Guest Author - Jessica Smith
Where can you find poetry? Anywhere really. Look up poetry in the dictionary, and the first entry will read something like “the art of rhythmical composition” (dictionary.com), or “metrical writing” (merriam-webster.com). This is a true definition, but it's important to remember that it's not the only one. Poetry is more than just words and rhyme, rhythm and meter. While in the past people may have stuck to a strict definition of sonnet-like poetry, such strait-jacket ideas no longer limit us in the present day. Free verse- poetry without consistent (or often, without any) rhyme or meter- proves that such conventions aren't necessary to create good poems. Prose poetry even further blurs the line. Poets today are more free than they ever were before.
In fact, the true, deeper definition of poetry has stretched into almost every aspect of the written word. Poetry becomes, not a structure, but a meaning, an expression of beauty and truth. Songs are poems put to music. Novels contain passages that read as nicely as any poem (Virginia Woolf's modernist stream-of-consciousness style, for example). But those are easy examples. There's more to it than even that. The poetically minded can find poems anywhere- newspaper articles, shopping lists, recipes, product descriptions- wherever words are written. This is because while songs and novels may share the same beauty as traditional poems, newspapers and shopping lists and recipes share truths with poetry. Poetry represents aspects of life- events, emotions, simple single moments in time. The reason the greats are “the greats” is that their poetry echoes common threads and themes that remain unchanging and true throughout history. Where there is simplicity and truth, there is poetry.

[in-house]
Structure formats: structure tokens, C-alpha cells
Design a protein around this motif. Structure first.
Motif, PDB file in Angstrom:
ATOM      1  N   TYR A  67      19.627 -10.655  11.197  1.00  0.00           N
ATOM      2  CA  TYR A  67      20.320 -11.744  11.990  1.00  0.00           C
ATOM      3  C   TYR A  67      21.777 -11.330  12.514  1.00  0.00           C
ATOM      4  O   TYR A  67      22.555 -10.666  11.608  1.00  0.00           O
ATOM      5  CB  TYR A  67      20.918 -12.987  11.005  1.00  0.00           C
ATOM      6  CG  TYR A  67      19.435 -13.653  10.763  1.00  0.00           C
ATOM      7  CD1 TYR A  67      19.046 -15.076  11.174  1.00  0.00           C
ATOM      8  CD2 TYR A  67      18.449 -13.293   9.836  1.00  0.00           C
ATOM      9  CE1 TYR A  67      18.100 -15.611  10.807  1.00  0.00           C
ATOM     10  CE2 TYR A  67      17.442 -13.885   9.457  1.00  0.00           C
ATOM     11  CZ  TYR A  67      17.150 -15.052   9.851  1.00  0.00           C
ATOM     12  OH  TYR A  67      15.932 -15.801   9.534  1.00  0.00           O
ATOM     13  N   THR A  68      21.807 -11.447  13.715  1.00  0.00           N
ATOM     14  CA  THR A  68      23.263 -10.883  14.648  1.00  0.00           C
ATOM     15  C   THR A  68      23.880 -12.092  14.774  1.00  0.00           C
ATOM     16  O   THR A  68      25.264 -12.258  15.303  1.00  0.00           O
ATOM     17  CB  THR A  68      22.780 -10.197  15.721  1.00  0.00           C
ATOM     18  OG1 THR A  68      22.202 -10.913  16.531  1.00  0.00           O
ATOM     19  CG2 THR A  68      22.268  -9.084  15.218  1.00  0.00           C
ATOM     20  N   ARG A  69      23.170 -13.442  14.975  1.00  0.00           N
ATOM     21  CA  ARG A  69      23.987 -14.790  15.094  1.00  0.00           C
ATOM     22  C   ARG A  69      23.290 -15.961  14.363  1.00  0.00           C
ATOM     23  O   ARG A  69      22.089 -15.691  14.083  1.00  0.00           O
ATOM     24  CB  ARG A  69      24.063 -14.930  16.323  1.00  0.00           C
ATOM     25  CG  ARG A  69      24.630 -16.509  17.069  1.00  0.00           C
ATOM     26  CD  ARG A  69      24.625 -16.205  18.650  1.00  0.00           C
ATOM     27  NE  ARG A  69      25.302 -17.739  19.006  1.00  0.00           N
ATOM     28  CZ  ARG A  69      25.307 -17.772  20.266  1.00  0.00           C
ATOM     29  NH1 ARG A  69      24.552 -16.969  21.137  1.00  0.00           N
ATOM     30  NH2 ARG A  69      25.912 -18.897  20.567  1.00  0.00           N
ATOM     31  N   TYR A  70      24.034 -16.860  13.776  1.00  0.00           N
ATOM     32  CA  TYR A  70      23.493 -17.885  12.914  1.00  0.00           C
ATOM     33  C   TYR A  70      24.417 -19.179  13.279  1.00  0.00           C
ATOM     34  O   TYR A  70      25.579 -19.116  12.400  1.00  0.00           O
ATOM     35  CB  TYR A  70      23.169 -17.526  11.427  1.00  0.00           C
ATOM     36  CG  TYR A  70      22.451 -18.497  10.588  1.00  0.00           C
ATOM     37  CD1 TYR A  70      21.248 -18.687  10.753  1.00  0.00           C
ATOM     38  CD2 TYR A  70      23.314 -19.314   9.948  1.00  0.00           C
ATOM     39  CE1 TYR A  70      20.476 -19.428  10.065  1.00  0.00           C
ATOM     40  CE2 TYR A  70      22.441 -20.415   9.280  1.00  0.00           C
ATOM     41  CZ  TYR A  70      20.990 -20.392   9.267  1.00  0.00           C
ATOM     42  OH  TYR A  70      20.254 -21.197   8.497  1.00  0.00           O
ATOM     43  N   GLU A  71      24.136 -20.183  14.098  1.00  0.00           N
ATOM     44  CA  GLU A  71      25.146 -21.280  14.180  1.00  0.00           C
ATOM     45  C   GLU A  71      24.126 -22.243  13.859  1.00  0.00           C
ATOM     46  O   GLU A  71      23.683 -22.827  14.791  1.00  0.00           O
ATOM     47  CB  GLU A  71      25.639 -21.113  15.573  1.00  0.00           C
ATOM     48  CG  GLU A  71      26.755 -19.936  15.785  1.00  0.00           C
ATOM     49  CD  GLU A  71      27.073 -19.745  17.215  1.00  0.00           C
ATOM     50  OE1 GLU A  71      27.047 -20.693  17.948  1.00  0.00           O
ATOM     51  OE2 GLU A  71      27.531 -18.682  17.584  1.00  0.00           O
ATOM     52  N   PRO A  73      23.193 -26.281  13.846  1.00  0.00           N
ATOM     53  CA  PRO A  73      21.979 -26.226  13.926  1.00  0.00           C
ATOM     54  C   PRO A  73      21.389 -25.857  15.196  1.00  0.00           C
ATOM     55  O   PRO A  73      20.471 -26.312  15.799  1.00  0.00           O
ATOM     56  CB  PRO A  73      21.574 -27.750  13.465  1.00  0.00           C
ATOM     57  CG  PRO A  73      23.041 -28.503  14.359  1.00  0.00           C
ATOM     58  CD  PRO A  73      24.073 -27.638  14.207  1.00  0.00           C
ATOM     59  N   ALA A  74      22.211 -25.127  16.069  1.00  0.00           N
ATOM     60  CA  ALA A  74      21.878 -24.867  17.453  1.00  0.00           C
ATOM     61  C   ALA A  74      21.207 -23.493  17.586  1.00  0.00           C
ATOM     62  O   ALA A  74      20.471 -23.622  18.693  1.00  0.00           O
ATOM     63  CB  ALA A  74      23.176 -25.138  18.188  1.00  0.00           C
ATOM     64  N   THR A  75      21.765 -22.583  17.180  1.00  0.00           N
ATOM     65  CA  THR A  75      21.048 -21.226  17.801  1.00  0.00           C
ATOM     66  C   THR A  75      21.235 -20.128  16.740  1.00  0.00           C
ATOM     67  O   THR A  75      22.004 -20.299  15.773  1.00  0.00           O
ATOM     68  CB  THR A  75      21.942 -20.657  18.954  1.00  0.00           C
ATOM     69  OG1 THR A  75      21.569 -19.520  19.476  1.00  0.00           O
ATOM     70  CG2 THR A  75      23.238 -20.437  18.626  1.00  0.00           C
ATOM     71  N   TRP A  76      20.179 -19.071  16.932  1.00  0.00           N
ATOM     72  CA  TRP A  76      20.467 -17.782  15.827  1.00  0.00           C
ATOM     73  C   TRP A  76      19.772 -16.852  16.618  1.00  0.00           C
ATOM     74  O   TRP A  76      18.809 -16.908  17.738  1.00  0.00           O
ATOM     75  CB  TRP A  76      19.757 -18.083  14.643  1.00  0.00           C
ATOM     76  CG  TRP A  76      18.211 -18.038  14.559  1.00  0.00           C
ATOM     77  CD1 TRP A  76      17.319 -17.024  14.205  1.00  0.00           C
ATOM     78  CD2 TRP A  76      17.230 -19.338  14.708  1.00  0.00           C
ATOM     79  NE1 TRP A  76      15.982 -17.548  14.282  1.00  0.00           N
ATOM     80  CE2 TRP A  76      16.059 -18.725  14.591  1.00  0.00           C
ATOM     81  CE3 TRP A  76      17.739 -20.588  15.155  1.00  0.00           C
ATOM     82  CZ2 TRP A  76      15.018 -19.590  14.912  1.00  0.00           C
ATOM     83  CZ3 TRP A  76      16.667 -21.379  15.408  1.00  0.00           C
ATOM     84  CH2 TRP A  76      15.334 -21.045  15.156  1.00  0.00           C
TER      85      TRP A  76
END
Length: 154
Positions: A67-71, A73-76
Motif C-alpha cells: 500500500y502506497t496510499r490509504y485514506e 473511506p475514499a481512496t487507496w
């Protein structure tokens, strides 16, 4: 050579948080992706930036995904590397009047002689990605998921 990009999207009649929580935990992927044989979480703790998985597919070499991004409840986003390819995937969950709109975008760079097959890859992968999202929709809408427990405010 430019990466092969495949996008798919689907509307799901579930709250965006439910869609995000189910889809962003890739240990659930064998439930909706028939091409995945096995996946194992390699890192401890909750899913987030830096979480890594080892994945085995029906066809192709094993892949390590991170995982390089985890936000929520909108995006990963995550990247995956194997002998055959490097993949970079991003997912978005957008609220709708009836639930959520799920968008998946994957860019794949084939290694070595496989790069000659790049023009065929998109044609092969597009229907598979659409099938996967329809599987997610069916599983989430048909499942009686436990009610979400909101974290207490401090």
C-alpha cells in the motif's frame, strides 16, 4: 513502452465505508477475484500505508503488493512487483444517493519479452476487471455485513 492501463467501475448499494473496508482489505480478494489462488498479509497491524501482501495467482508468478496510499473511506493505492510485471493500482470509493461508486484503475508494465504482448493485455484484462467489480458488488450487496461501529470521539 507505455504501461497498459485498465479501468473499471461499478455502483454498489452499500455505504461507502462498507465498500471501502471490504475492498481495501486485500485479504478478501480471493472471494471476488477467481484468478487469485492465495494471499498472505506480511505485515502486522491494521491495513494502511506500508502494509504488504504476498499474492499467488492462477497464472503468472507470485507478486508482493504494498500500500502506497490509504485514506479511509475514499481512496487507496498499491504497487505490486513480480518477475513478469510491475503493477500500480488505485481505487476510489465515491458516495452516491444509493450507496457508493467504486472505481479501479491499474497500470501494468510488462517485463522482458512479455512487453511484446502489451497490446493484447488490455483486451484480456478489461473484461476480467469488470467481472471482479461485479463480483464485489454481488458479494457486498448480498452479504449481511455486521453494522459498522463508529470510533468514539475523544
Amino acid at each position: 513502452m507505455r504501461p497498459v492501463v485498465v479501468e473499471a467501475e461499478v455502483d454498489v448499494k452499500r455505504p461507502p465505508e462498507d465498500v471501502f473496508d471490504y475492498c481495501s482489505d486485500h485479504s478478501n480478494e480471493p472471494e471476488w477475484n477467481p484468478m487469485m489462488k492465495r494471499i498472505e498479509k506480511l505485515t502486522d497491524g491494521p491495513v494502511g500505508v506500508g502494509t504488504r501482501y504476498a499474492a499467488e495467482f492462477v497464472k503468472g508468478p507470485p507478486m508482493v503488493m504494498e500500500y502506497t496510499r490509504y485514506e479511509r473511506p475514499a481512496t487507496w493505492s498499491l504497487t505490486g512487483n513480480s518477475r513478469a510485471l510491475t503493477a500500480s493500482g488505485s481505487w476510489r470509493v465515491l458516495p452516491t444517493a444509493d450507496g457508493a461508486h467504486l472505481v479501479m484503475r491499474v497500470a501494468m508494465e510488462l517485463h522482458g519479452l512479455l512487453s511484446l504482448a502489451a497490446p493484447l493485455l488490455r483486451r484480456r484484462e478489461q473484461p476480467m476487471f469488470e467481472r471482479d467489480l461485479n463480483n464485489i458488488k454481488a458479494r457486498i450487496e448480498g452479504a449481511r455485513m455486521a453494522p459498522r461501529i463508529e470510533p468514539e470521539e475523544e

So strong is the idea and the deeper meaning of poetry that it often goes beyond words. In fact, most dictionaries offer further definitions of poetry: “something suggestive or likened to poetry” (dictionary.com), or “something regarded as comparable to poetry in its beauty” (oxforddictionaries.com). This definition is most commonly used with the adjective “pure”. For example, “The dancer's movements were pure poetry”, or “the pure poetry of a clear spring morning”. Things that are beautiful and true are described as poetry, because that is its essence.
What does this all mean? It means that the world around you is full of beautiful and truthful things- it is full of poetry. Poems exist in all aspects of your life, their potential exists in everything you read or write. Poems exist in the physical world around you, in the flowers in the garden, the laughter of children in a park, the rusty wrecks in the junk yard, the practiced flick of the wrist of the woman at the cash register, the tired slump of a man's shoulders coming home from work, the glare of lamplights and the inky shadows of an alleyway, the glint of sunshine off a broken bottle, a blade of grass growing through a crack in the sidewalk. Poetry is a force, an awareness, an inner truth of the world. Open your eyes just a little, and you will see it everywhere.